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FDA Remains Mum on COVID-19 Vaccine Boosters, But Acknowledges Third Dose Improves Immunity

FDA Remains Mum on COVID-19 Vaccine Boosters, But Acknowledges Third Dose Improves Immunity

An independent FDA vaccine advisory committee is meeting this Friday to evaluate Pfizer's bid for booster doses of its COVID-19 vaccine.

Update (September 22, 2021): The FDA has authorized a booster dose of Pfizer-BioNTech’s COVID-19 vaccine for three specific populations:

  • People 65 years of age and older
  • Those between 18 and 64 years of age who are at high risk of severe COVID-19
  • Individuals 18 to 64 years of age who are at high risk of occupational and/or institutional exposure to the coronavirus

The FDA’s decision is based on data that Pfizer-BioNTech submitted to the agency this month as part of its booster application, as well as recommendations from the FDA’s independent vaccine advisory committee, VRBPAC. 

“After considering the totality of the available scientific evidence and the deliberations of our advisory committee of independent, external experts, The FDA amended the EUA for the Pfizer-BioNTech COVID-19 Vaccine to allow for a booster dose in certain populations such as health care workers, teachers and day care staff, grocery workers and those in homeless shelters or prisons, among others,” acting FDA Commissioner Dr. Janet Woodcock said in a statement from the agency.

The agency said that the known and potential benefits of a booster dose outweigh the known and potential risks in the populations that a booster dose is being authorized for use in.

The booster dose is to be administered to individuals at least six months after completion of the initial two-dose vaccine series.

This isn’t the final verdict on boosters though, as the CDC will debate third doses in a two-day meeting that commenced Wednesday, with a vote to take place on Thursday on the FDA’s proposal.

Update (September 20, 2021): On Friday, the FDA’s Vaccines and Related Biological Products Advisory Committee (VRBPAC) voted 16–2 against a proposal for distribution of boosters of Pfizer/BioNTech’s COVID-19 vaccine to the general public (individuals 16 years and older), but unanimously recommended a third dose for those 65 years and older, as well as other high risk and vulnerable individuals. The latter includes people with diabetes, obesity, heart disease and other comorbidities.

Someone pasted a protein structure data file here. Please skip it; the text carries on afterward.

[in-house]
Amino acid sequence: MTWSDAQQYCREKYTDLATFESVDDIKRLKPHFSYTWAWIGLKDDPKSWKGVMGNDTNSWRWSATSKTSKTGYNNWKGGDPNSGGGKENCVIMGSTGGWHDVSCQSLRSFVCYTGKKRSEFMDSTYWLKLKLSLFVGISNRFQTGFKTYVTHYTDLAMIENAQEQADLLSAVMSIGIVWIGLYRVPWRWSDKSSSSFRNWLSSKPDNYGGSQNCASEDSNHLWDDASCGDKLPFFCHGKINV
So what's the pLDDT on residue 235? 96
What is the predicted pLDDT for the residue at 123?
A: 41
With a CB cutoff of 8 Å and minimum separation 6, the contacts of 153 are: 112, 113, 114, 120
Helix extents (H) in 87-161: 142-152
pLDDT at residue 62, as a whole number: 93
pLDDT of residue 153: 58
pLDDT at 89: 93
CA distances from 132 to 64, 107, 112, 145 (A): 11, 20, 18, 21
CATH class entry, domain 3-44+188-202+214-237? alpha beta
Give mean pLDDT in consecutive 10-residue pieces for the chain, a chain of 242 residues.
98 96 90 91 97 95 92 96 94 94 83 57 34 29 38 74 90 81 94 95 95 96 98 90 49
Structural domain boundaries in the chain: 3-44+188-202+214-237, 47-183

While the US regulator is not obligated to follow the advice of the advisory panel, it tends to abide by committee decisions more often than not. The FDA’s final decision on the COVID-19 vaccine booster doses is expected to come later this week.

The nonbinding decision by the VRBPAC may put the brakes on the Biden administration’s plans to begin offering booster shots to the public as early as this week. Meanwhile, the CDC has a two-day meeting coming up this week to discuss plans to distribute third shots of the Pfizer COVID-19 vaccine in the country.

Originally published on September 16, 2021:

Despite COVID-19 vaccine booster doses being offered to the general public in places like the UK and Israel, the US Food and Drug Administration (FDA) remains tight-lipped on the subject and has yet to take a formal stance. But a decision on Pfizer-BioNTech’s booster application is highly awaited and the federal regulator is set to meet next week to deliberate it.

Ahead of the meeting, the FDA’s Vaccines and Related Biological Products Advisory Committee (VRBPAC) — an independent panel of scientific experts — will meet on Friday to offer recommendations to the agency. And although the FDA has indicated over the past several months that COVID-19 vaccine boosters may not be needed, FDA scientists acknowledged yesterday that a third dose can improve immune responses based on briefing documents Pfizer-BioNTech submitted to the agency ahead of the VRBPAC meeting. The documents include the latest data from trials evaluating boosters, as well as real-world data from countries like Israel, which was the first to implement a booster program.

While FDA staff said the booster dose met pre-specified conditions set by the agency to show that it was generating an immune response, it said licensure for the boosters should also take into account the ability to prevent hospitalization and death, as well as the dynamics of the pandemic in the US.

This as the Biden administration is expected to announce offering of boosters to the general public this month, with plans to administer 100 million boosters beginning September 20. It is expected that the FDA will come through with concrete recommendations on additional doses by then.